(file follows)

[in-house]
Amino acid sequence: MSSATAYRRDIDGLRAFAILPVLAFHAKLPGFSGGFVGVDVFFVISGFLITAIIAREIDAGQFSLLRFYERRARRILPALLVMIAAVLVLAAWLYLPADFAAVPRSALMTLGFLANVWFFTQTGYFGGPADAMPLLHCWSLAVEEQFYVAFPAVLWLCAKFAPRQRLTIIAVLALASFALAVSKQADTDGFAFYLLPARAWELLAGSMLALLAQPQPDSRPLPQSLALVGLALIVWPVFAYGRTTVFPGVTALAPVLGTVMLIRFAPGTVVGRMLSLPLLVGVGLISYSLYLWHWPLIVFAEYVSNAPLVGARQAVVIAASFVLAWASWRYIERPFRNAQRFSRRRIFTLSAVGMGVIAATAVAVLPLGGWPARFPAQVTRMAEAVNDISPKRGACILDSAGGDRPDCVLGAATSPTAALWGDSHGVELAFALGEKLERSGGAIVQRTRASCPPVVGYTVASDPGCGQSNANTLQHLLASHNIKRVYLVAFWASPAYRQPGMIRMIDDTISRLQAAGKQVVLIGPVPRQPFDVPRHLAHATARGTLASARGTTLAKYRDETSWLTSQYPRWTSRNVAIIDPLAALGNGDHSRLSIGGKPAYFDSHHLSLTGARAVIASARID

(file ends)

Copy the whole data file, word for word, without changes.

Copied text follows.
[in-house]
Amino acid sequence: MSSATAYRRDIDGLRAFAILPVLAFHAKLPGFSGGFVGVDVFFVISGFLITAIIAREIDAGQFSLLRFYERRARRILPALLVMIAAVLVLAAWLYLPADFAAVPRSALMTLGFLANVWFFTQTGYFGGPADAMPLLHCWSLAVEEQFYVAFPAVLWLCAKFAPRQRLTIIAVLALASFALAVSKQADTDGFAFYLLPARAWELLAGSMLALLAQPQPDSRPLPQSLALVGLALIVWPVFAYGRTTVFPGVTALAPVLGTVMLIRFAPGTVVGRMLSLPLLVGVGLISYSLYLWHWPLIVFAEYVSNAPLVGARQAVVIAASFVLAWASWRYIERPFRNAQRFSRRRIFTLSAVGMGVIAATAVAVLPLGGWPARFPAQVTRMAEAVNDISPKRGACILDSAGGDRPDCVLGAATSPTAALWGDSHGVELAFALGEKLERSGGAIVQRTRASCPPVVGYTVASDPGCGQSNANTLQHLLASHNIKRVYLVAFWASPAYRQPGMIRMIDDTISRLQAAGKQVVLIGPVPRQPFDVPRHLAHATARGTLASARGTTLAKYRDETSWLTSQYPRWTSRNVAIIDPLAALGNGDHSRLSIGGKPAYFDSHHLSLTGARAVIASARID